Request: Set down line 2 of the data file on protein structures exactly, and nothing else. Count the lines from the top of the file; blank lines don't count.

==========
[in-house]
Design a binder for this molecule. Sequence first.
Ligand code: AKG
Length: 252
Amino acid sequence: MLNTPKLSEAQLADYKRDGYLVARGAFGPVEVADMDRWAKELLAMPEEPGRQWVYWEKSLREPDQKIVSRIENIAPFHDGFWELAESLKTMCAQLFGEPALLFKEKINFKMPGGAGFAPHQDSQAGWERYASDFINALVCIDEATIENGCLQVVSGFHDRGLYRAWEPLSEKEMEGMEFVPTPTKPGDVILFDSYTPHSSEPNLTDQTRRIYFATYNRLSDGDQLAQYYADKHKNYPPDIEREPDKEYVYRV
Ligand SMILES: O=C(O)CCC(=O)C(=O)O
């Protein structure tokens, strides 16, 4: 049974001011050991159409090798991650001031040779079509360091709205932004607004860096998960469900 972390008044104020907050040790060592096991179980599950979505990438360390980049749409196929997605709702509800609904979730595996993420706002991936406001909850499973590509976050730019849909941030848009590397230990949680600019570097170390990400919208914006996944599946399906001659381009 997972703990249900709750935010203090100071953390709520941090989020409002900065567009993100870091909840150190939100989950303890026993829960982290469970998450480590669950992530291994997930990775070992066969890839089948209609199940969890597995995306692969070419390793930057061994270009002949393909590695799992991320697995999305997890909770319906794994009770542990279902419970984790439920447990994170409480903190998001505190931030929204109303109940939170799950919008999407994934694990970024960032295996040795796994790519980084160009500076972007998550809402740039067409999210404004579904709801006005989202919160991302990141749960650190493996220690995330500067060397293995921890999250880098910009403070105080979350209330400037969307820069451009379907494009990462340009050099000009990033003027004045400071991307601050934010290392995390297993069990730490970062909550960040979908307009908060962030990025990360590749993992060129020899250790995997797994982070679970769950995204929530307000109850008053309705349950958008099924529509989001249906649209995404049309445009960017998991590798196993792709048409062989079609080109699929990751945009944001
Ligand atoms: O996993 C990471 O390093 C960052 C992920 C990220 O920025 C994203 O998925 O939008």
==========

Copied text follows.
Design a binder for this molecule. Sequence first.